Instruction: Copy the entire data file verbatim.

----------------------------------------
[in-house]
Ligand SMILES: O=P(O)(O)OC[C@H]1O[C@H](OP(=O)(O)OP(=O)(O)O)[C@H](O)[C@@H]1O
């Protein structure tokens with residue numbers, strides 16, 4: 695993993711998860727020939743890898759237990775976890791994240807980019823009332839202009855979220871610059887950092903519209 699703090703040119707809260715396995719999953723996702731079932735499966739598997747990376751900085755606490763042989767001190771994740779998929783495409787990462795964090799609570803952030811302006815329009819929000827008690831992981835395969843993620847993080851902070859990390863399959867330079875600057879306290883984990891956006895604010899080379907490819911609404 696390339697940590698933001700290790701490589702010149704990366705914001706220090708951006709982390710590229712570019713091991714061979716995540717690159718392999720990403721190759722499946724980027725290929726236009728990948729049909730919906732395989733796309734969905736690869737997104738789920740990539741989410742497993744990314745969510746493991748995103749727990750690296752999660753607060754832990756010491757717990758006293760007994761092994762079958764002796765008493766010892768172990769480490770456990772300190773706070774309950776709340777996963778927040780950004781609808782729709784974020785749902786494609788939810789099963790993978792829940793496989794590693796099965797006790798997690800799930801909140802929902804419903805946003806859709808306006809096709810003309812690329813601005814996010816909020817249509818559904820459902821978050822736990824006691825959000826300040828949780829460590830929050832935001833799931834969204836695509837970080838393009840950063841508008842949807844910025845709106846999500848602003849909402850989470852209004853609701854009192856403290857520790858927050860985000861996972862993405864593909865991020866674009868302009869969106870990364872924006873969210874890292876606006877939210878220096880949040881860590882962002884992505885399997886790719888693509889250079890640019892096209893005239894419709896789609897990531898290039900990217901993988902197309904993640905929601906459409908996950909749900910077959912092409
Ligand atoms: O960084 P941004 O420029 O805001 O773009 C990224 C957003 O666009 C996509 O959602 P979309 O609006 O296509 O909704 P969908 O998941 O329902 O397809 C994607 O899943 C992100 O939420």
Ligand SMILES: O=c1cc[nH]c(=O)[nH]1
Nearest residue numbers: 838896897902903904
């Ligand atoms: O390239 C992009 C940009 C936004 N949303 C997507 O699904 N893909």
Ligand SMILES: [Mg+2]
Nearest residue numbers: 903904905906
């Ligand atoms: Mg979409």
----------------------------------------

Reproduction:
[in-house]
Ligand SMILES: O=P(O)(O)OC[C@H]1O[C@H](OP(=O)(O)OP(=O)(O)O)[C@H](O)[C@@H]1O
């Protein structure tokens with residue numbers, strides 16, 4: 695993993711998860727020939743890898759237990775976890791994240807980019823009332839202009855979220871610059887950092903519209 699703090703040119707809260715396995719999953723996702731079932735499966739598997747990376751900085755606490763042989767001190771994740779998929783495409787990462795964090799609570803952030811302006815329009819929000827008690831992981835395969843993620847993080851902070859990390863399959867330079875600057879306290883984990891956006895604010899080379907490819911609404 696390339697940590698933001700290790701490589702010149704990366705914001706220090708951006709982390710590229712570019713091991714061979716995540717690159718392999720990403721190759722499946724980027725290929726236009728990948729049909730919906732395989733796309734969905736690869737997104738789920740990539741989410742497993744990314745969510746493991748995103749727990750690296752999660753607060754832990756010491757717990758006293760007994761092994762079958764002796765008493766010892768172990769480490770456990772300190773706070774309950776709340777996963778927040780950004781609808782729709784974020785749902786494609788939810789099963790993978792829940793496989794590693796099965797006790798997690800799930801909140802929902804419903805946003806859709808306006809096709810003309812690329813601005814996010816909020817249509818559904820459902821978050822736990824006691825959000826300040828949780829460590830929050832935001833799931834969204836695509837970080838393009840950063841508008842949807844910025845709106846999500848602003849909402850989470852209004853609701854009192856403290857520790858927050860985000861996972862993405864593909865991020866674009868302009869969106870990364872924006873969210874890292876606006877939210878220096880949040881860590882962002884992505885399997886790719888693509889250079890640019892096209893005239894419709896789609897990531898290039900990217901993988902197309904993640905929601906459409908996950909749900910077959912092409
Ligand atoms: O960084 P941004 O420029 O805001 O773009 C990224 C957003 O666009 C996509 O959602 P979309 O609006 O296509 O909704 P969908 O998941 O329902 O397809 C994607 O899943 C992100 O939420």
Ligand SMILES: O=c1cc[nH]c(=O)[nH]1
Nearest residue numbers: 838896897902903904
């Ligand atoms: O390239 C992009 C940009 C936004 N949303 C997507 O699904 N893909």
Ligand SMILES: [Mg+2]
Nearest residue numbers: 903904905906
């Ligand atoms: Mg979409």